Our daughter was confused by the string cheese we bought for her. She was like “you say it’s cheese, but they have images of the Frozen characters like a toy. Do I eat them or play with them?”

Our hosts live in an old mill, with a pond and draw-bridge indoors among other things.

My wife managed to get some big bug on her way back home resulting in the worst case of pneumonia she’s ever had. Two weeks later on the third version of antibiotics she’s finally getting better.

We had a great time, but there’s no place like home. Especially not for introverts like us.

2 thoughts on “A trip to USA

    • We’re a weird bunch… as long as you’re an introvert, or know how to act like one, you’ll be fine. Basic rule: don’t make contact, that will push people right out of their comfort zone.
      When it comes to language there’s just two important words to remember, not much language skills required. Also, swedes love to speak English with “foreigners”. It gives us an opportunity to practice our own language skills.

      We say thank you a lot. It’s the bread and butter for the whole country. As long as you know how to use “tack” you’ll be fine. When in doubt, remember that you can’t say “tack” too often or at the wrong time. On the contrary, failure to say “tack” often enough will make people think you’re rude.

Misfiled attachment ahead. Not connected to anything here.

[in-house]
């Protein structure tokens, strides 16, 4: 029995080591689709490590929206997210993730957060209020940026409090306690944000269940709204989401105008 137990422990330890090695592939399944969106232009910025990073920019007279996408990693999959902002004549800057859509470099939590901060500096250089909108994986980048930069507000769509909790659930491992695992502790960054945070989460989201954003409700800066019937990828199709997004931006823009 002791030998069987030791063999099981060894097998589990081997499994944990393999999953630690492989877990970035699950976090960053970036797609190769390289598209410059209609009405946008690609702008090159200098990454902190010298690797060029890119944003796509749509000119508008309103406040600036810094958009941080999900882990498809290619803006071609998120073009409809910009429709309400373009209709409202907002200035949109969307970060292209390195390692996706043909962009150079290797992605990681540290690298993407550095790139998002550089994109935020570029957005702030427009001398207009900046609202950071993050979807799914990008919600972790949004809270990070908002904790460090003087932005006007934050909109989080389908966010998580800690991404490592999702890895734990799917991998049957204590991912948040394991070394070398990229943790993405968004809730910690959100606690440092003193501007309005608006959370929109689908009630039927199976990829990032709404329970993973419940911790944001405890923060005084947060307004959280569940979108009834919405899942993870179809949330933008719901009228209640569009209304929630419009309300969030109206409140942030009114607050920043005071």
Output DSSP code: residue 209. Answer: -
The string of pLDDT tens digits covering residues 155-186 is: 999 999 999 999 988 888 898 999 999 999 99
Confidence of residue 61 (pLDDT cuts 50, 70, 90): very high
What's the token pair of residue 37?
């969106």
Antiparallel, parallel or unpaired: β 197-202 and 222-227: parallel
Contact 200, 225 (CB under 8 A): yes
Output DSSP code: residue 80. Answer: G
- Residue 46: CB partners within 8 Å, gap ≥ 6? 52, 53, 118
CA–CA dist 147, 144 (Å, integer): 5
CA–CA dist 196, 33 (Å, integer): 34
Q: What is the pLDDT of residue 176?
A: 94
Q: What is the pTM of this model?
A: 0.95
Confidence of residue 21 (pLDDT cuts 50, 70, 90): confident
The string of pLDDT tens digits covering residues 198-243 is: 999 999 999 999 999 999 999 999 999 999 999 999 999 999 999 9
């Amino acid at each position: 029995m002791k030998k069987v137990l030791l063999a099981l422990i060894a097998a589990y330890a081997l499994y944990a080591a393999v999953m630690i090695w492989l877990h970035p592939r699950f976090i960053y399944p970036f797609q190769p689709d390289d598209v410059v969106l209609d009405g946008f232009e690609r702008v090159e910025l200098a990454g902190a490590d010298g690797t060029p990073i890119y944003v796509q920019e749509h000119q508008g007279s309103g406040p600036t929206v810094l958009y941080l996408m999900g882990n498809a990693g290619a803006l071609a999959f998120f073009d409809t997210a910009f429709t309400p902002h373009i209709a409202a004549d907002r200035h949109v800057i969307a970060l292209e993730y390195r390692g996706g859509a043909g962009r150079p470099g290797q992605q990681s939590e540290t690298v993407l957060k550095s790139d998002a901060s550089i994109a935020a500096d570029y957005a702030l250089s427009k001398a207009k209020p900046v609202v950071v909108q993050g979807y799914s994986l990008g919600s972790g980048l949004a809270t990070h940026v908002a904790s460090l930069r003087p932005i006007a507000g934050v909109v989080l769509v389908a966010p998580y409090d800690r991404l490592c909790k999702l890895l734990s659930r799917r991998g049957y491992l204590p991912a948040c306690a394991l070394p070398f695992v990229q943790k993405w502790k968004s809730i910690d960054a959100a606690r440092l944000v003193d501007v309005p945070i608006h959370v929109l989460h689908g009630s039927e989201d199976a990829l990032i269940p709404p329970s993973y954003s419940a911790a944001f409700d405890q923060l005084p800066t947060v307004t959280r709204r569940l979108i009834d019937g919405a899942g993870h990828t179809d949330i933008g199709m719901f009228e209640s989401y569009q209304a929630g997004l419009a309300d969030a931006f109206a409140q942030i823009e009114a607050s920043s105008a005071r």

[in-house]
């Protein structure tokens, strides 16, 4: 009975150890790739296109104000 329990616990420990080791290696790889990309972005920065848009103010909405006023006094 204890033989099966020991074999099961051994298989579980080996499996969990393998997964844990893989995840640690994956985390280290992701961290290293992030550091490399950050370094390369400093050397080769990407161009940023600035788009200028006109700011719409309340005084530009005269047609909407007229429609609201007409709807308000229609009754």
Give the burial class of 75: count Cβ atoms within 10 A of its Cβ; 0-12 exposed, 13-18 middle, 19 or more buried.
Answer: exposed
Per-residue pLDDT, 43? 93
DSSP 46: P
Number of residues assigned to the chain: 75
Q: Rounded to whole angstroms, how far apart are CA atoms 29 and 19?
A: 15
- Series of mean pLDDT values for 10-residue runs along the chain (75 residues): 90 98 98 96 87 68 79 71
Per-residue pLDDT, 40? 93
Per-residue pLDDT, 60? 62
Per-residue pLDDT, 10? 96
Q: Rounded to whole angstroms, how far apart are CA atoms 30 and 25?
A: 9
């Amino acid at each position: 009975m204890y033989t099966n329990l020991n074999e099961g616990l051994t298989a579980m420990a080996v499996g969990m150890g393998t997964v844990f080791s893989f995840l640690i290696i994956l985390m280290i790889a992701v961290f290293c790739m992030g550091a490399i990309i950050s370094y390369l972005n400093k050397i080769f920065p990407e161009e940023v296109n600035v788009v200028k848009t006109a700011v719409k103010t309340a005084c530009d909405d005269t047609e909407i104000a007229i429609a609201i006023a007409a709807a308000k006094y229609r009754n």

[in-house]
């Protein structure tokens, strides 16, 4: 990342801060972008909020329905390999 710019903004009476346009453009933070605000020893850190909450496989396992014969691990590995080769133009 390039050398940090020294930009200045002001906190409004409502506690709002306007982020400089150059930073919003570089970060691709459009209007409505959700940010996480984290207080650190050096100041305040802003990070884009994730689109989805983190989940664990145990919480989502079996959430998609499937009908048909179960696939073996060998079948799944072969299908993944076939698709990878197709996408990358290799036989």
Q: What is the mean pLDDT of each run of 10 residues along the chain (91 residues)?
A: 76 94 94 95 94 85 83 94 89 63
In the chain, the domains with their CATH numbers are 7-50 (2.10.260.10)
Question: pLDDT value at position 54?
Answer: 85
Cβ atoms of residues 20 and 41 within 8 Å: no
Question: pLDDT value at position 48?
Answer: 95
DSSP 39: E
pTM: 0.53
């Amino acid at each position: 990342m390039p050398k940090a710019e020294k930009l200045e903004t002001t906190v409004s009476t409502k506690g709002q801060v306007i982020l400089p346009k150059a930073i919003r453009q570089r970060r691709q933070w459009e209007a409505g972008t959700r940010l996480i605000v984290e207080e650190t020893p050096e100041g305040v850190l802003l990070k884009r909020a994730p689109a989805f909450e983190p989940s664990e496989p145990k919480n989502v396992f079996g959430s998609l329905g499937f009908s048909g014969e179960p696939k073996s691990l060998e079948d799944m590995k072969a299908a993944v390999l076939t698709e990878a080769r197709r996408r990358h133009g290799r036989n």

In the north of Sweden the following would be a complete and fully acceptable donversation:
      – “shup” (the sound is made while inhaling. It’s not a word, but it tells everything)
      – “shup” (this person would probably nod a little and then look out the window)
      Both persons are quite happy with the talk.

      If you for some strange reason manage to make contact with a swede it’s quite easy to become friends. Or, I should rather say family; there’s only strangers and family for a swede. You know you’re family when you have had dinner at the kitchen table. Welcome!!!

      Liked by 1 person